I would be a sad, sad history major indeed if I didn’t comment on THE biggest news of the day (sorry, Ravens fans) for we Anglophiles and lovers of all things history-related.
A skeleton found in a car park in Leicester was confirmed to be the remains of Richard III, the last Plantagenet king of England.
Richard III (1452-1485) was the youngest brother of King Edward IV, and Duke of Gloucester until his brother’s death in 1483. Edward IV’s heir, his son, Edward V, was 13 years old, the product of his illicit marriage to a commoner, Elizabeth Woodville. Richard, acting quickly, took up the position of Lord Protector during the minority of his young nephew, and had both the young King Edward V and his little brother, Richard Duke of York, sequestered in the Tower of London, ostensibly for their safety. Shortly after, he declared that his brother Edward IV’s marriage to Elizabeth Woodville was bigamy (as Edward had been betrothed to another woman when he married without Parliaments’ assent), which rendered her son illegitimate and unfit to rule. Richard III was formally crowned on July 6, 1483. Edward V and Richard Duke of York were never seen again.
Richard’s reign was plagued with tragedy — the death of his son and heir, the death of his wife, and the constant taint of scandal that followed him, not only concerning the Princes in the Tower, but of the execution of his former friend and ally, the Duke of Buckingham, without trial, and of his misconduct with the Princes’ sister, Elizabeth of York, whom Richard was accused of attempting to seduce and marry in order to cement his claim to the throne.
Richard’s infamous reign came to an end at the Battle of Bosworth Field, when he met rival claimant to the throne Henry Tudor. Though Richard fought bravely, and according to reports, nearly tangled with Henry Tudor himself, he was killed reportedly by a blow to the head. Henry Tudor was crowned King Henry VII, married Princess Elizabeth of York, and brought an end to the infamous Wars of the Roses between the rival houses of Lancaster and York. Henry VII and Elizabeth of York had four living children, one of whom would grow up to be Henry VIII, England’s most famous male monarch.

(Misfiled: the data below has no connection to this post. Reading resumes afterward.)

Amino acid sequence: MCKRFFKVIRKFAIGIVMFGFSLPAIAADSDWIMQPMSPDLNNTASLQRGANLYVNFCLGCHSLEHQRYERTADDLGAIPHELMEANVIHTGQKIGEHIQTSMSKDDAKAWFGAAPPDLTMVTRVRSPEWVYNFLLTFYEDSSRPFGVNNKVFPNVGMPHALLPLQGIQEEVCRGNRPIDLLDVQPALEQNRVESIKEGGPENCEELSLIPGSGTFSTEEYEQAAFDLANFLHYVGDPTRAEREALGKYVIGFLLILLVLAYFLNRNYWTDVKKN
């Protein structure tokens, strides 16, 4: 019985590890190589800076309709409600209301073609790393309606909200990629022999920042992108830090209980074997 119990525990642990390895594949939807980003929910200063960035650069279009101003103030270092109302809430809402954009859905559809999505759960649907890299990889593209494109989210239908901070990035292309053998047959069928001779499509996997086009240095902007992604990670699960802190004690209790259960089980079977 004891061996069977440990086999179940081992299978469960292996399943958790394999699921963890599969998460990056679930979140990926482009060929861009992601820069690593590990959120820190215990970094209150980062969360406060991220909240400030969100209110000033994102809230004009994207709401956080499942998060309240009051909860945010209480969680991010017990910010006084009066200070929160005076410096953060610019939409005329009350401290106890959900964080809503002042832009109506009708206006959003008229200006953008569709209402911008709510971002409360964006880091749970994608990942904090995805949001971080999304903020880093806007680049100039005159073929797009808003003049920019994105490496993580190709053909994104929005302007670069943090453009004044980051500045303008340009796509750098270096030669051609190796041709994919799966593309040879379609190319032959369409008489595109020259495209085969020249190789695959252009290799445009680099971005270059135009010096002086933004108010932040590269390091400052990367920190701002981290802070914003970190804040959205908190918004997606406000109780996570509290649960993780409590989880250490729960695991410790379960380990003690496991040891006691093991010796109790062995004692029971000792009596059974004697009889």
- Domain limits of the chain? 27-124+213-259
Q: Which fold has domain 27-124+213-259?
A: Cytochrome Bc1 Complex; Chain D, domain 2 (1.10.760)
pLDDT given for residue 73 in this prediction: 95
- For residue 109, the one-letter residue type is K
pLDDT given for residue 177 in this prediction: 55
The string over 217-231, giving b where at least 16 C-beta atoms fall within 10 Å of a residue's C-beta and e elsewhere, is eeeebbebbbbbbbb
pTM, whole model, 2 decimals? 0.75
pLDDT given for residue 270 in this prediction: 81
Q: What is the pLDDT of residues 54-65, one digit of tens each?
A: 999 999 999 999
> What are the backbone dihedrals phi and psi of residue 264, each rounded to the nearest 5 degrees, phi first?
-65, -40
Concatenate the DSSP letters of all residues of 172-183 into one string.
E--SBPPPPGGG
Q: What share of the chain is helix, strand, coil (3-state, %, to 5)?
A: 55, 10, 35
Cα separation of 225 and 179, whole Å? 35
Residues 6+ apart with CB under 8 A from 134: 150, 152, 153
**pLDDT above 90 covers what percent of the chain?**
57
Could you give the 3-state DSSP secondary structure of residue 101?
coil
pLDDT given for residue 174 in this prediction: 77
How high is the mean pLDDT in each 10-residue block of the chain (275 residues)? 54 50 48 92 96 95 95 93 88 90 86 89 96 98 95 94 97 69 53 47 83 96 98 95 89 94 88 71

Richard III is the last English king to die on the field of battle, and the conclusive identification of his remains does much more than just provide England the opportunity to bury their fallen king in a more fitting and dignified grave than a pit under a car park. It also lays to rest some of the more disturbing legends about Richard’s physical appearance, made notorious by such writers as William Shakespeare.
The skeleton (seen above) shows clear signs of serious scoliosis or curvature of the spine. But the bones of both of Richard’s forearms seem intact and healthy, as do his shoulders…putting to bed the rumors that Richard was a deformed hunchback with a withered arm.
This BLOWS MY MIND. I am so excited by this find, something I never expected to happen and barely hoped for when the announcement that excavators may have discovered a skeleton that belonged to Richard III. It’s an incredible find, and I look forward to hearing about any other forensic discoveries that may be found, and seeing what happens to the royal remains concerning where and how they are laid to rest.